31 August 2010
1. Where and how would you display your work in an ideal situation?
Wow, I feel like I should come up with a creative answer, like "on a wooded hillside, hung on the sides of trees", but I don't actually make site-specific work so really a plain wall without too much distraction is fine.
2. If expository writing is good at elucidating and proving a point and
descriptive geometry gives us the tools by which to map objects in space
in relation to one another, what kind of an apparatus does art afford us?
What does art do best?
This is a really interesting question - I like to think that art reminds us there are things not describable in words, hence the difficulty of writing an artist statement. If the purpose of an artist's art were easily put into words, the artist would have become a writer. But our senses take place before words, and emotions do, and our thoughts form in a preverbal way before we put them into words. So there's a whole range of stuff in internal and external reality that art is a direct expression and communication of; its purpose being is therefore very broad but also hard to pin down.
3. What can you expect from your audience/fans/viewing public? What would you
like them to know about your work?
I don't ask anything except to take the time to look, and if it doesn't interest you, not even that. I put a lot into it, but that doesn't mean I'm necessarily owed anything.
4. Marcel Duchamp said - "Enough with retinal art!" What is your reaction as an artist to this statement?
In my interpretation this was a rebellion against most previous art which had been focused predominantly on visual depiction as the be-all and end-all. Especially in the academic art where there was an emphasis on depicting certain things a correct way, and if you followed all the rules, you would get a certain result. For example, if you look at certain paintings in a museum the leaves on the trees are all painted a certain way regardless of how far away the tree is, and the painting has an overall sameness to it, so it's a case where the artist will have a bag of tricks and if they use them right they'll get the desired result, the painting will look decent. And if they're a talented artist, all these visual tricks/methods will be well-integrated and will add up to more than the sum of the parts. But some of the point of modernity is that we're free to think of the whole first, consider the whole work of art and its purpose, your own process and desired end result. We're freed from having to depend solely on recreating a preplanned visual experience.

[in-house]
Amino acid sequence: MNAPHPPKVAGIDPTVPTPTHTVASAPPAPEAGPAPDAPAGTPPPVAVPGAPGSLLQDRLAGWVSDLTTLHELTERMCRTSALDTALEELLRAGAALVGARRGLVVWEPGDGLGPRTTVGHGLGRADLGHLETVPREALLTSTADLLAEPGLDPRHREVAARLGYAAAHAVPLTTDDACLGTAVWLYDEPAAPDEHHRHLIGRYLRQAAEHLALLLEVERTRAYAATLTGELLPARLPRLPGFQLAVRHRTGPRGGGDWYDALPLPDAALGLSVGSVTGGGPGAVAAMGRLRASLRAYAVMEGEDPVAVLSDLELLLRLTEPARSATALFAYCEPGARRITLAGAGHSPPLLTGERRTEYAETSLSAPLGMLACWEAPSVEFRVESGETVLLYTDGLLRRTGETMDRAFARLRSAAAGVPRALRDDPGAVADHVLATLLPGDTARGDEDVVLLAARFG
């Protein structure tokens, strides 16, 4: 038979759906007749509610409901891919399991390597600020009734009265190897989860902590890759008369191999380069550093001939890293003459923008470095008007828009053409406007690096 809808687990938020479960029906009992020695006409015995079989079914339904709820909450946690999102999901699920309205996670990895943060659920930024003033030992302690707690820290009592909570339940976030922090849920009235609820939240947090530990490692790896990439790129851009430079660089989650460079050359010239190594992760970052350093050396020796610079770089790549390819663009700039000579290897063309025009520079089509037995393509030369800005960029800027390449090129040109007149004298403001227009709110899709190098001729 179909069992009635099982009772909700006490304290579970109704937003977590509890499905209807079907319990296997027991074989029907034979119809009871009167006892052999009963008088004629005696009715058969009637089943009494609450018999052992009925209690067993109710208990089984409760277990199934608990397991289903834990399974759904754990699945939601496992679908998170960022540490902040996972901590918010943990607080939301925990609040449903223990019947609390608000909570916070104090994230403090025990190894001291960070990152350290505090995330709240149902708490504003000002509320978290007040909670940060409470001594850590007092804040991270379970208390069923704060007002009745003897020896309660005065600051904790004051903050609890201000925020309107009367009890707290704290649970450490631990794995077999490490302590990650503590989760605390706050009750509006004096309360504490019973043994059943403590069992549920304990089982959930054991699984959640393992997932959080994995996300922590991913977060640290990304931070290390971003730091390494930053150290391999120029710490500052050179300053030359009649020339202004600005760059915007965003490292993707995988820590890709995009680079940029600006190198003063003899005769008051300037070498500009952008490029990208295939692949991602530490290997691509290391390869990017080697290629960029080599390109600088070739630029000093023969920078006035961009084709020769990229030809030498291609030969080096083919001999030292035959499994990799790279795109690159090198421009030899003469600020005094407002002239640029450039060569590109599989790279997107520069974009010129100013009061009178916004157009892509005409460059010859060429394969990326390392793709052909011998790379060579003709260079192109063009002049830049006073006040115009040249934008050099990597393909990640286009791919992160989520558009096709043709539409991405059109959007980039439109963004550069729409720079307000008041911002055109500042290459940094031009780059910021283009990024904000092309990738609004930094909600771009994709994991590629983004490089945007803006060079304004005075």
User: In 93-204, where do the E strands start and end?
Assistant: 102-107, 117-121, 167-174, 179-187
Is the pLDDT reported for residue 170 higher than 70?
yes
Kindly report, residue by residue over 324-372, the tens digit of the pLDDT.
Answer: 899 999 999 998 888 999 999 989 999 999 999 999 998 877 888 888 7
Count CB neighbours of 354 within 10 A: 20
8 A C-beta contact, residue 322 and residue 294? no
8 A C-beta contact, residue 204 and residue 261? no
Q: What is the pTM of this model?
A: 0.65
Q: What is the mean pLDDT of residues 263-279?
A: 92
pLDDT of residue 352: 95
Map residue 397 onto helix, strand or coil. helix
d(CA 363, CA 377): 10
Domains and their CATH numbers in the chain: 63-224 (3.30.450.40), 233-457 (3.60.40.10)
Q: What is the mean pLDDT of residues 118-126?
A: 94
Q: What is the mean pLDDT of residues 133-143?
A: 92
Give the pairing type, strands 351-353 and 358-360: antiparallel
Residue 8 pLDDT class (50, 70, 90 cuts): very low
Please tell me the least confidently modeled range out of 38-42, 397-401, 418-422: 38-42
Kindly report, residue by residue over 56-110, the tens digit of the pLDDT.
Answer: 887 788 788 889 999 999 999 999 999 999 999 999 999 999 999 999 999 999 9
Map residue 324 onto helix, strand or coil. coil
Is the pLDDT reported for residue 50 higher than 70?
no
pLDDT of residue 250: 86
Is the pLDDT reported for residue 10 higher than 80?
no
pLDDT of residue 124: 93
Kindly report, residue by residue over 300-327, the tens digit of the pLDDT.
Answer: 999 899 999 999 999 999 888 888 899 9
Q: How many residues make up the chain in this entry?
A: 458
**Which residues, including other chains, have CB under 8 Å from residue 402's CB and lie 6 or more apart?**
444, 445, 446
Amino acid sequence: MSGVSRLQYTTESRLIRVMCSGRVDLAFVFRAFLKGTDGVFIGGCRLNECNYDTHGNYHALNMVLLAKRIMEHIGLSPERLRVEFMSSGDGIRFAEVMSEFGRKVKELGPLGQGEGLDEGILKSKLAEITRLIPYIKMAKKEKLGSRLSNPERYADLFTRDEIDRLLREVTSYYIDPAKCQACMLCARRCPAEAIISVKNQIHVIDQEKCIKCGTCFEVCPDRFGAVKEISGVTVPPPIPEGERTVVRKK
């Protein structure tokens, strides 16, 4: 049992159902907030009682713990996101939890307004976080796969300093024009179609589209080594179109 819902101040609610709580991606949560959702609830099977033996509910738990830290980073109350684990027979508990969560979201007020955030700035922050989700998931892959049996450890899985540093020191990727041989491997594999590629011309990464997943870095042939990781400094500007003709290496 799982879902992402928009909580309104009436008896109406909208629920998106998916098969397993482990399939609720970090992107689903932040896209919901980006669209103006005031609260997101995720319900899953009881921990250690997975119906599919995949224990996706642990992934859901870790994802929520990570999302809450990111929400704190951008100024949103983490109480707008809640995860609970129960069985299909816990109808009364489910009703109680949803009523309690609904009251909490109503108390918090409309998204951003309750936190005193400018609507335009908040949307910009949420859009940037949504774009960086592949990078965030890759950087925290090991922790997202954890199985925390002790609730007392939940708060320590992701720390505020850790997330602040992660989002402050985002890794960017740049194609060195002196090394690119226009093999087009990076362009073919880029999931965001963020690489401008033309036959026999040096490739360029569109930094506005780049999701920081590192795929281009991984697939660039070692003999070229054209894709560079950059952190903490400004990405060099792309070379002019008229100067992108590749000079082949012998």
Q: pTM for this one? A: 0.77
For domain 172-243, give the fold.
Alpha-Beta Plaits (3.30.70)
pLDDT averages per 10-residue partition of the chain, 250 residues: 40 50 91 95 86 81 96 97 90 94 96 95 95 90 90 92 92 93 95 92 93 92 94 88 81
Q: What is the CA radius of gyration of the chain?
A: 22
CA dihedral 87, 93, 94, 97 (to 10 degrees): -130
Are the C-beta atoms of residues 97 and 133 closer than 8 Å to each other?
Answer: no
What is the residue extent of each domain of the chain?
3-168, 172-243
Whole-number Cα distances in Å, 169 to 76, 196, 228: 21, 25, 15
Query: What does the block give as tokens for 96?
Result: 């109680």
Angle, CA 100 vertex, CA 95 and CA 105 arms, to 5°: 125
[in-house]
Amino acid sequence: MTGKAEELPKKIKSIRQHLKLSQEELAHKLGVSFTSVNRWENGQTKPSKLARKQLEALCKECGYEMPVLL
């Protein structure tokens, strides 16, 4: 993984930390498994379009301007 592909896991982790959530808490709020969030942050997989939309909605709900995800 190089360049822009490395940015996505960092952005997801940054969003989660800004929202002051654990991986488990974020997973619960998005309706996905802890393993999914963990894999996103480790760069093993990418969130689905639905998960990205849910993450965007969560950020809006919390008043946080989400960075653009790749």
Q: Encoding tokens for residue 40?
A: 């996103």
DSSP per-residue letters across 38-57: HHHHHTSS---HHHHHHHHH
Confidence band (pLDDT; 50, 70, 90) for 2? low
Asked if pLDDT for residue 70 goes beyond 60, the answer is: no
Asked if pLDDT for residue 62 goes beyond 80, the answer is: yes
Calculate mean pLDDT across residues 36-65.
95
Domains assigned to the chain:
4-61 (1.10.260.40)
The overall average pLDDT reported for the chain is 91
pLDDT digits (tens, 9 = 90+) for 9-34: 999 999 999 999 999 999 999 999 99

5. Do you think that there is still room for art movements in today's
While everything looks pluralistic to us, there are probably a set of similarities among works made currently that will make people in the future think "that looks so 2010". A future art historian will make up terms for art with these characteristics, and if we're alive, we might be puzzled - artists don't always get to name their own movements, or they may not pick the name that sticks.
6. What is one question you wished we had asked you about your art? Please
feel free to answer it.
You already asked all the hard questions so I wish you'd ask an easy one, like why I love oil pastels. They can do a lot of things like oil paint or soft pastels. Since they don't dry, I can continue working on my different pieces at any rate I feel like, as time and mood allow. Some people only remember cray-pas and are tempted to use oil pastels like crayons. Don't do this - think of them as you would paint.